- v. present participle of punt.
- n. (football) a kick in which the football is dropped from the hands and kicked before it touches the ground
“He showed surprising consistency in punting while still trying to improve on his field-goal range.”
“He established a career high with a 40. 2-yard net average in '08; his directional punting is a big weapon.”
“In the inside-the-boards world of Arena football, punting is not allowed.”
“He led the Mid-American Conference in punting four times.”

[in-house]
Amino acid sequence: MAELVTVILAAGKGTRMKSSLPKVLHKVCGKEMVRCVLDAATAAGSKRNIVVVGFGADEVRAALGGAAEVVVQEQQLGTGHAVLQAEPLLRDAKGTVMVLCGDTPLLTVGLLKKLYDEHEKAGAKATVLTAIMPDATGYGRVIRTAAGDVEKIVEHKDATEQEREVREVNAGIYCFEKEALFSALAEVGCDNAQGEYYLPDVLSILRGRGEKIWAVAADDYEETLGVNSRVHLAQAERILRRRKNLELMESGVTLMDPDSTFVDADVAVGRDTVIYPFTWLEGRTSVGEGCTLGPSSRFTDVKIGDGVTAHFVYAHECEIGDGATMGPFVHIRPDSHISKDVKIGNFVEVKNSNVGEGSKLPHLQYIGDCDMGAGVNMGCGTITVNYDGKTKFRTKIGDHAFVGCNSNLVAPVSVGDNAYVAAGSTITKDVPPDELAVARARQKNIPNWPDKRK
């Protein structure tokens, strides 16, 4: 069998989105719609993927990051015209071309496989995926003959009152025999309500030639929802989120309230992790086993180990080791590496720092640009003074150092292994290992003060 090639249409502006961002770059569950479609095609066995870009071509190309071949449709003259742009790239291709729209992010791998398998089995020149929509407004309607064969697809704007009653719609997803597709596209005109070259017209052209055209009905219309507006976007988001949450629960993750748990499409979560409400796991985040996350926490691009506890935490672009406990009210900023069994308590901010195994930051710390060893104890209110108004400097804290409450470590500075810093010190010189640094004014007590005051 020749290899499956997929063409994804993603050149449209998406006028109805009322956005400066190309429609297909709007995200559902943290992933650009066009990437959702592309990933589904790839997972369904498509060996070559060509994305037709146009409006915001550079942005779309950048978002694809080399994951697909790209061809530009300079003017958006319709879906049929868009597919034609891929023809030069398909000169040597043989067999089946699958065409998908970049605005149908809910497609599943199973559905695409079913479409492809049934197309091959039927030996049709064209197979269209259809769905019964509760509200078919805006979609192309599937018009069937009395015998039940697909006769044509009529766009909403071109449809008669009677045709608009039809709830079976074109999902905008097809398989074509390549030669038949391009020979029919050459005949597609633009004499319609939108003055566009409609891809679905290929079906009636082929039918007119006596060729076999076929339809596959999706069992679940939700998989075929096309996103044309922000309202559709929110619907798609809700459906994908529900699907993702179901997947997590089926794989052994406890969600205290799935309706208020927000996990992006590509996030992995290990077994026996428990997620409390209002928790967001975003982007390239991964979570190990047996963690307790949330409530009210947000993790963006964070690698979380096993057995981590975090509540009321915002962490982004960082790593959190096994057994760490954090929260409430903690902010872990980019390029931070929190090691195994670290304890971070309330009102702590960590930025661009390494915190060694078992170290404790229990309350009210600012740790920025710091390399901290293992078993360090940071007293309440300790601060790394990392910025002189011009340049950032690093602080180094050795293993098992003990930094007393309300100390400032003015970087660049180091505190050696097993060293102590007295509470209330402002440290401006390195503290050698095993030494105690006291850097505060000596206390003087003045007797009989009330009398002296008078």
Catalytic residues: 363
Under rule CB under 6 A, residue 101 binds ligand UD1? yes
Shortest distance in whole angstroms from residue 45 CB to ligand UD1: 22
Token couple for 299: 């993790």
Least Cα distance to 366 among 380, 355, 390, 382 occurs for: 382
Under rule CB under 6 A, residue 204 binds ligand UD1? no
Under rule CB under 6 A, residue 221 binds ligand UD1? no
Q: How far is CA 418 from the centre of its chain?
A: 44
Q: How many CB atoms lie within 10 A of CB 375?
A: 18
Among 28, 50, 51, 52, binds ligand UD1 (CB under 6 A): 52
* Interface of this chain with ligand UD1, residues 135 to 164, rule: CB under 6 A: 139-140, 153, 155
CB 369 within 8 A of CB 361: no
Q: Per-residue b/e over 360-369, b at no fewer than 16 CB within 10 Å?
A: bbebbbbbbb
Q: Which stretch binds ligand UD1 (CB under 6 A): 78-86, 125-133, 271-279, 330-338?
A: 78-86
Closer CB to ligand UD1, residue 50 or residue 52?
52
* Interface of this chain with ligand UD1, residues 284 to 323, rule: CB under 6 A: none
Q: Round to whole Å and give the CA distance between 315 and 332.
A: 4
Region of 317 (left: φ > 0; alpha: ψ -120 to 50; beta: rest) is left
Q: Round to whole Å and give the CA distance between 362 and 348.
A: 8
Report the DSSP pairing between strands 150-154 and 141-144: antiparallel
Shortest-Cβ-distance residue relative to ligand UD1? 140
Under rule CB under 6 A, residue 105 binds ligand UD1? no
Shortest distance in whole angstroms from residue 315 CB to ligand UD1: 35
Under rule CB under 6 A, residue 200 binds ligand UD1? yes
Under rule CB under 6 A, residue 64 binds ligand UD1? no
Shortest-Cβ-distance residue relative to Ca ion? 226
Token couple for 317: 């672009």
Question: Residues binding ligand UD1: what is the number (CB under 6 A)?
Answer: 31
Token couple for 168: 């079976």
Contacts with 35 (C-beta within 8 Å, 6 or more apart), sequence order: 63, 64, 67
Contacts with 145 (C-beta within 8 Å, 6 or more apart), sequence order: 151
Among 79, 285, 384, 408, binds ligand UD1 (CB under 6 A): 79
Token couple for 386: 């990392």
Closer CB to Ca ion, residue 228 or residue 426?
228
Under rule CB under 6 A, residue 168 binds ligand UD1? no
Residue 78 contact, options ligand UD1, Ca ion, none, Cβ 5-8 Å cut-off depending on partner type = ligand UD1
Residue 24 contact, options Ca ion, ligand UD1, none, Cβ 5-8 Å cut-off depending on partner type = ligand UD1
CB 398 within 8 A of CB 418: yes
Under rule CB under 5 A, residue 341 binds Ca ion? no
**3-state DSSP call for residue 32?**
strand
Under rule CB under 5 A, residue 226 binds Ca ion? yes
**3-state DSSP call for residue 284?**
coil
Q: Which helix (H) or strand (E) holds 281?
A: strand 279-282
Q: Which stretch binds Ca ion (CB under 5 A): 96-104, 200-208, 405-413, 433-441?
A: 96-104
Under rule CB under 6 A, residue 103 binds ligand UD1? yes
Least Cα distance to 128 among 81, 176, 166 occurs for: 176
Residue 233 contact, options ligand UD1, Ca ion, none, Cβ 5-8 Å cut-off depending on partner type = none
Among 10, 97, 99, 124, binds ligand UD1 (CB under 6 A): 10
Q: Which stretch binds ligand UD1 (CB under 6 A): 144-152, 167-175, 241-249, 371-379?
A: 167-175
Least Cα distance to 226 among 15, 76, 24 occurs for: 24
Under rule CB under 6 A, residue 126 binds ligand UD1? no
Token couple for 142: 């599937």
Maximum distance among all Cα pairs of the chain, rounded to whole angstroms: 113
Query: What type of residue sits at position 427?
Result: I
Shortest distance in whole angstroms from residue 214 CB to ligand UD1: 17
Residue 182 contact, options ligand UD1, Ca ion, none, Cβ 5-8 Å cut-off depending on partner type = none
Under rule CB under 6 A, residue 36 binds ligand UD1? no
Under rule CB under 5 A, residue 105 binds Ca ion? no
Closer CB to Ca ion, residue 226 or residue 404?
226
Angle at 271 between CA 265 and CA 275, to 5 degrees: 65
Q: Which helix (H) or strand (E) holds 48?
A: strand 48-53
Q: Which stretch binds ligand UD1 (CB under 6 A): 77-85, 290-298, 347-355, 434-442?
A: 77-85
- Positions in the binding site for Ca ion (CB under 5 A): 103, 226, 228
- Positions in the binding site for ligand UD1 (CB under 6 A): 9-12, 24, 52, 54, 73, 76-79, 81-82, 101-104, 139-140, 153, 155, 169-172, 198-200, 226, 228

“This time the Gophers never got going and finished with 182 yards - they had four more yards in punting than in offense.”
“Dane Looker, in for his sure hands with the Chiefs punting from the St. Louis 45, fumbled a fair catch in the first quarter.”
“This time, Oregon was able to run down the clock and took a safety while punting from the 13.”
“When my 10-year-old son sees N.F.L. teams punting on short yardage on television, he gets upset because he’s grown up with the idea that punting is usually bad.”
“Seems as though the Democrats aren't enamored of the idea of punting the union issue back to a study committee.”
“Even before the single-wing, there was punting, which is at least 100 years old.”
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